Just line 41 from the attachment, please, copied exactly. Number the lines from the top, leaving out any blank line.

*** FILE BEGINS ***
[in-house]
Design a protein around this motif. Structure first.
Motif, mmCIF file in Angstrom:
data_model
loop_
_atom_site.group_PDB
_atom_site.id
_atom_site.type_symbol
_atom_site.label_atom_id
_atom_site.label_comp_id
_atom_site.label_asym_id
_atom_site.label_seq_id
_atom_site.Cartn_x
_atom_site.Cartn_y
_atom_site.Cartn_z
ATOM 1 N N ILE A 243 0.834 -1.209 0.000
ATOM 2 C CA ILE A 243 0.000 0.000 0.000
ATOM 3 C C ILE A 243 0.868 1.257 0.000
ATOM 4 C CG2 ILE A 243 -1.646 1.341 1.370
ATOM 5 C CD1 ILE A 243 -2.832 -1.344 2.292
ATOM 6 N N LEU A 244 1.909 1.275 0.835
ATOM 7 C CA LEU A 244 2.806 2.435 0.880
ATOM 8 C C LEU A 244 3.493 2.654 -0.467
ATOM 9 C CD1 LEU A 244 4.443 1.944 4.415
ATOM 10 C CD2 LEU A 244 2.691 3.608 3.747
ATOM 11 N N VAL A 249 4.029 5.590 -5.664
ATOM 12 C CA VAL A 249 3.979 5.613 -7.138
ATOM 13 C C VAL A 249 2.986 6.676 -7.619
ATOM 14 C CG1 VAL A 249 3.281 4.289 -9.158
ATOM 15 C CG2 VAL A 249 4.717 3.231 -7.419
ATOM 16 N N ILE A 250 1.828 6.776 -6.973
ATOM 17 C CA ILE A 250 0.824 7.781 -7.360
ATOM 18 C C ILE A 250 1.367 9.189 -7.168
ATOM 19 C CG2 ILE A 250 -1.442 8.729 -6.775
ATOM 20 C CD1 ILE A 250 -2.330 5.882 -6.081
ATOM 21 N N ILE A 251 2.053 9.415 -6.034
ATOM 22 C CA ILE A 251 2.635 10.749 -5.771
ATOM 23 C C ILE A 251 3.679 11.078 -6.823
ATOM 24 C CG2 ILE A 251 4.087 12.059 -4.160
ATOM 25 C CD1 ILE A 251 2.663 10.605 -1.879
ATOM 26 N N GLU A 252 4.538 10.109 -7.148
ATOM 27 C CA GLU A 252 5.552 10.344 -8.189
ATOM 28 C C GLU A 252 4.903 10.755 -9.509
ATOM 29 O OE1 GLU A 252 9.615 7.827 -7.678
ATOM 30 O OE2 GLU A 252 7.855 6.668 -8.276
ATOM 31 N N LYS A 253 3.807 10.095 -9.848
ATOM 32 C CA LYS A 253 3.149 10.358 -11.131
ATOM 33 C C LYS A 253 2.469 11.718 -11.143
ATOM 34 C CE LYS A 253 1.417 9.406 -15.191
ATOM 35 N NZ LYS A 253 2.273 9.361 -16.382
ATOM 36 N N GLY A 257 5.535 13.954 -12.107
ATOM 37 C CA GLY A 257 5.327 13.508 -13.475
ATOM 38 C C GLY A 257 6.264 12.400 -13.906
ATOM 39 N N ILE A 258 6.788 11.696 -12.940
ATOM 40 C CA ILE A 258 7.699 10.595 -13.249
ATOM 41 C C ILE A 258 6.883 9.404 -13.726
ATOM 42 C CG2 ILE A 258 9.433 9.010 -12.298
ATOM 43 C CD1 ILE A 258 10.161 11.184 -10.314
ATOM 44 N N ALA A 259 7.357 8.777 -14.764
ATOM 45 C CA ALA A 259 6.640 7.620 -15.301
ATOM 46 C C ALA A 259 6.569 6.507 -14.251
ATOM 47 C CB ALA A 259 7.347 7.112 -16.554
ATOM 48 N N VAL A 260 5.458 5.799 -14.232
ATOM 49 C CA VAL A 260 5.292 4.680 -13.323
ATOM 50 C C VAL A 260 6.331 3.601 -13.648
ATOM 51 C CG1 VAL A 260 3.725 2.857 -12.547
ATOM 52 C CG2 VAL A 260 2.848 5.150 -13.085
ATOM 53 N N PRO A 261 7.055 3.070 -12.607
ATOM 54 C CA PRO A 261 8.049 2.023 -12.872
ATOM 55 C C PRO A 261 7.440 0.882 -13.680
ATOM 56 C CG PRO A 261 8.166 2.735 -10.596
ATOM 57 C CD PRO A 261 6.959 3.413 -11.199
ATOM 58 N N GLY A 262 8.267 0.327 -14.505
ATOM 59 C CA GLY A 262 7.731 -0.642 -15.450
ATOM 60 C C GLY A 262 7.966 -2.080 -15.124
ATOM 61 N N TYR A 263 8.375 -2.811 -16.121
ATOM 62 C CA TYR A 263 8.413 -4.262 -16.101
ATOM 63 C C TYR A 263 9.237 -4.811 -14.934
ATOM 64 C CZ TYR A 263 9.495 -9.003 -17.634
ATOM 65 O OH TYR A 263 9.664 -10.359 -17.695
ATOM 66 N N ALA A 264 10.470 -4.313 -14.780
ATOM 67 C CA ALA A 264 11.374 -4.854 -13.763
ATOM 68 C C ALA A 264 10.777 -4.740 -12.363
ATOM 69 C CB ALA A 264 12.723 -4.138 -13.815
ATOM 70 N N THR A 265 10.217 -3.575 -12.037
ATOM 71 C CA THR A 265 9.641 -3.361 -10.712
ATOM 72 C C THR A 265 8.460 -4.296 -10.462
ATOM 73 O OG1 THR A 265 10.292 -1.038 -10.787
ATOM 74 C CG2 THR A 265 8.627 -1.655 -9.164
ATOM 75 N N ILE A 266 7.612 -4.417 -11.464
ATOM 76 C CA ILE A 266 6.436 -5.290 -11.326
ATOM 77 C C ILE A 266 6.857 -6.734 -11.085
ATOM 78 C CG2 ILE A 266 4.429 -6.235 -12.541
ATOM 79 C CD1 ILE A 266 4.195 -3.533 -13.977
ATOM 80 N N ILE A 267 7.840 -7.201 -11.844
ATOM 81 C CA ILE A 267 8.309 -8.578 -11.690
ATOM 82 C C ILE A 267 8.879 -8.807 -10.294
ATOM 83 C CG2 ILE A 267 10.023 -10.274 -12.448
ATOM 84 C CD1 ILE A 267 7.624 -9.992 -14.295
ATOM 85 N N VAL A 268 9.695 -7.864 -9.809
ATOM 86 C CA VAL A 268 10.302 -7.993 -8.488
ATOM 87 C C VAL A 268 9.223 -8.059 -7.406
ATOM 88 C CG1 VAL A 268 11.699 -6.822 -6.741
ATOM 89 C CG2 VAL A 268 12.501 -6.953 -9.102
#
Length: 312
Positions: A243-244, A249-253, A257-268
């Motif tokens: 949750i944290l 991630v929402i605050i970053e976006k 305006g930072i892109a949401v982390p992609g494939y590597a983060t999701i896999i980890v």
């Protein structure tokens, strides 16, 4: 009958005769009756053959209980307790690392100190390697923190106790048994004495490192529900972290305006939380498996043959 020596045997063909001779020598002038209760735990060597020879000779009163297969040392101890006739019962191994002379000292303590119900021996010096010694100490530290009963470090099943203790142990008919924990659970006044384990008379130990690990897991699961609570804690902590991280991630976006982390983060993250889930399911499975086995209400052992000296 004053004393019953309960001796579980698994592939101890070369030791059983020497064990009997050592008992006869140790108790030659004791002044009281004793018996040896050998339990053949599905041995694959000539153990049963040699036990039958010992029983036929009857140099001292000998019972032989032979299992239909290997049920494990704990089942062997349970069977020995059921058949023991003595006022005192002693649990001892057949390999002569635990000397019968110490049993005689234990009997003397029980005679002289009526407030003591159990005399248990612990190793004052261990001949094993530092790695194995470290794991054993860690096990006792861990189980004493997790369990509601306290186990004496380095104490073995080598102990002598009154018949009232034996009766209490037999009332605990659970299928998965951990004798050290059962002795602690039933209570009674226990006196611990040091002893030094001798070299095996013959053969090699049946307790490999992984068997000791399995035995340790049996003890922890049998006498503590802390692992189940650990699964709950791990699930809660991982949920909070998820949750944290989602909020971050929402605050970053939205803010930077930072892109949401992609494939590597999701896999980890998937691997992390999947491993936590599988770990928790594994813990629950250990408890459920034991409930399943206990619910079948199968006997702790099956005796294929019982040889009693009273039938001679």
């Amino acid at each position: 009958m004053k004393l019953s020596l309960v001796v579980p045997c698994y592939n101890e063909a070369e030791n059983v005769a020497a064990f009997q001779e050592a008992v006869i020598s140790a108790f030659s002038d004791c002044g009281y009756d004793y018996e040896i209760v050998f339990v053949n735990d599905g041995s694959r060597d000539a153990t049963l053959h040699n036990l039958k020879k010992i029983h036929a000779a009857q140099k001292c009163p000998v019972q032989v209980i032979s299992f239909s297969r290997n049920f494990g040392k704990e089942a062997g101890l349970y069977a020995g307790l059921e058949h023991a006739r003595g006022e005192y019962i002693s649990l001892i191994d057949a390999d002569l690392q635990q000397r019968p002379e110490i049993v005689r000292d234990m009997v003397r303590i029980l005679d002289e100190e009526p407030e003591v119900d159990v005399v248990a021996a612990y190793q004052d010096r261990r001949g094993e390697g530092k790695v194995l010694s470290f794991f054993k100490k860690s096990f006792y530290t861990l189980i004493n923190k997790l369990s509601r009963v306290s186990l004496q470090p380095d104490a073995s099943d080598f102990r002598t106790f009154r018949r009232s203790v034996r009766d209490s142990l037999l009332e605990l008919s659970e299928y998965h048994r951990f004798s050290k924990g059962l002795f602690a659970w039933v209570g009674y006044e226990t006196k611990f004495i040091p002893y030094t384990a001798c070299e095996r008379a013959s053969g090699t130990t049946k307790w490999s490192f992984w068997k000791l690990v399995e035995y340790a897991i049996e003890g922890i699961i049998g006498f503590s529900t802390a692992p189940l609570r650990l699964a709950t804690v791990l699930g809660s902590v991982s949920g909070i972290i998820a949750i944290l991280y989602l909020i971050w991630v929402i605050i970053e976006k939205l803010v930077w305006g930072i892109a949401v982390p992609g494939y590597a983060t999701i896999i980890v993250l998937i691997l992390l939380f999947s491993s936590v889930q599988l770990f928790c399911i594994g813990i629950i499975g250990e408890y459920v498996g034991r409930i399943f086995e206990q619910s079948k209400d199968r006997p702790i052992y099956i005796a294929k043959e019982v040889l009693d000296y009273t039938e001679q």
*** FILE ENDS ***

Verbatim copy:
ATOM 26 N N GLU A 252 4.538 10.109 -7.148